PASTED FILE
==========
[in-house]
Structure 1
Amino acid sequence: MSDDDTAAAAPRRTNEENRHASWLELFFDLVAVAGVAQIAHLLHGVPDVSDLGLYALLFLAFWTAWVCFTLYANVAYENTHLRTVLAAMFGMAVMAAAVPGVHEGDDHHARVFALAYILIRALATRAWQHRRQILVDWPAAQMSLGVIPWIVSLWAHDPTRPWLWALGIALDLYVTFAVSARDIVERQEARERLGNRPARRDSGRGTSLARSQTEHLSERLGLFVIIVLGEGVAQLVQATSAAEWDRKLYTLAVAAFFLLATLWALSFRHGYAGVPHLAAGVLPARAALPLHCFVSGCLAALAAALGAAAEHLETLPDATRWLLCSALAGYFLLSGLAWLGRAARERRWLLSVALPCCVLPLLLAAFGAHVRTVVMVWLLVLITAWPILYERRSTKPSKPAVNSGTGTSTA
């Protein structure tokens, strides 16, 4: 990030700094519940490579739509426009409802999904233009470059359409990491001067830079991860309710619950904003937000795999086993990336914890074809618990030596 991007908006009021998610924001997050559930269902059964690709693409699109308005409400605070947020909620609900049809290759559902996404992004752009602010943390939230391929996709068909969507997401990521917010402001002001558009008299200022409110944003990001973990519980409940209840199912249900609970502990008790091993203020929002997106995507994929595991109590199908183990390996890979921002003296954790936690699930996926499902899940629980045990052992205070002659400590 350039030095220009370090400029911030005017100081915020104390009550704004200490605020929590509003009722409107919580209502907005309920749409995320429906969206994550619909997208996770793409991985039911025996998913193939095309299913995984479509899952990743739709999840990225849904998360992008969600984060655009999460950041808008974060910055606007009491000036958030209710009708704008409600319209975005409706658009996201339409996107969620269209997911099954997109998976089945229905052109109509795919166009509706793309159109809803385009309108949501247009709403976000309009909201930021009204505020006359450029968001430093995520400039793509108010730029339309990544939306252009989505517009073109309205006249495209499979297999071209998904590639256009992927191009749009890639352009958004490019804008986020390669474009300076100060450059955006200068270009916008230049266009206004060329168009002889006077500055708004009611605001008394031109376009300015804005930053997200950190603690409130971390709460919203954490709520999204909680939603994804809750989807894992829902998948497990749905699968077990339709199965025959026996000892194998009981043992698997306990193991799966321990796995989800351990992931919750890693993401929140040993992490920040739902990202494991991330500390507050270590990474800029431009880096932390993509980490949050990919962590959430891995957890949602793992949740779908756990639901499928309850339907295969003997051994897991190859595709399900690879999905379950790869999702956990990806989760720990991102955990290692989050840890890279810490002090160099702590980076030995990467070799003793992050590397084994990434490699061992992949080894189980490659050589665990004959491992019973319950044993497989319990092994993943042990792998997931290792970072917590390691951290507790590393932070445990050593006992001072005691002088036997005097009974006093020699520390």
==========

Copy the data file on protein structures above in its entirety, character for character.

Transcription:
[in-house]
Structure 1
Amino acid sequence: MSDDDTAAAAPRRTNEENRHASWLELFFDLVAVAGVAQIAHLLHGVPDVSDLGLYALLFLAFWTAWVCFTLYANVAYENTHLRTVLAAMFGMAVMAAAVPGVHEGDDHHARVFALAYILIRALATRAWQHRRQILVDWPAAQMSLGVIPWIVSLWAHDPTRPWLWALGIALDLYVTFAVSARDIVERQEARERLGNRPARRDSGRGTSLARSQTEHLSERLGLFVIIVLGEGVAQLVQATSAAEWDRKLYTLAVAAFFLLATLWALSFRHGYAGVPHLAAGVLPARAALPLHCFVSGCLAALAAALGAAAEHLETLPDATRWLLCSALAGYFLLSGLAWLGRAARERRWLLSVALPCCVLPLLLAAFGAHVRTVVMVWLLVLITAWPILYERRSTKPSKPAVNSGTGTSTA
């Protein structure tokens, strides 16, 4: 990030700094519940490579739509426009409802999904233009470059359409990491001067830079991860309710619950904003937000795999086993990336914890074809618990030596 991007908006009021998610924001997050559930269902059964690709693409699109308005409400605070947020909620609900049809290759559902996404992004752009602010943390939230391929996709068909969507997401990521917010402001002001558009008299200022409110944003990001973990519980409940209840199912249900609970502990008790091993203020929002997106995507994929595991109590199908183990390996890979921002003296954790936690699930996926499902899940629980045990052992205070002659400590 350039030095220009370090400029911030005017100081915020104390009550704004200490605020929590509003009722409107919580209502907005309920749409995320429906969206994550619909997208996770793409991985039911025996998913193939095309299913995984479509899952990743739709999840990225849904998360992008969600984060655009999460950041808008974060910055606007009491000036958030209710009708704008409600319209975005409706658009996201339409996107969620269209997911099954997109998976089945229905052109109509795919166009509706793309159109809803385009309108949501247009709403976000309009909201930021009204505020006359450029968001430093995520400039793509108010730029339309990544939306252009989505517009073109309205006249495209499979297999071209998904590639256009992927191009749009890639352009958004490019804008986020390669474009300076100060450059955006200068270009916008230049266009206004060329168009002889006077500055708004009611605001008394031109376009300015804005930053997200950190603690409130971390709460919203954490709520999204909680939603994804809750989807894992829902998948497990749905699968077990339709199965025959026996000892194998009981043992698997306990193991799966321990796995989800351990992931919750890693993401929140040993992490920040739902990202494991991330500390507050270590990474800029431009880096932390993509980490949050990919962590959430891995957890949602793992949740779908756990639901499928309850339907295969003997051994897991190859595709399900690879999905379950790869999702956990990806989760720990991102955990290692989050840890890279810490002090160099702590980076030995990467070799003793992050590397084994990434490699061992992949080894189980490659050589665990004959491992019973319950044993497989319990092994993943042990792998997931290792970072917590390691951290507790590393932070445990050593006992001072005691002088036997005097009974006093020699520390």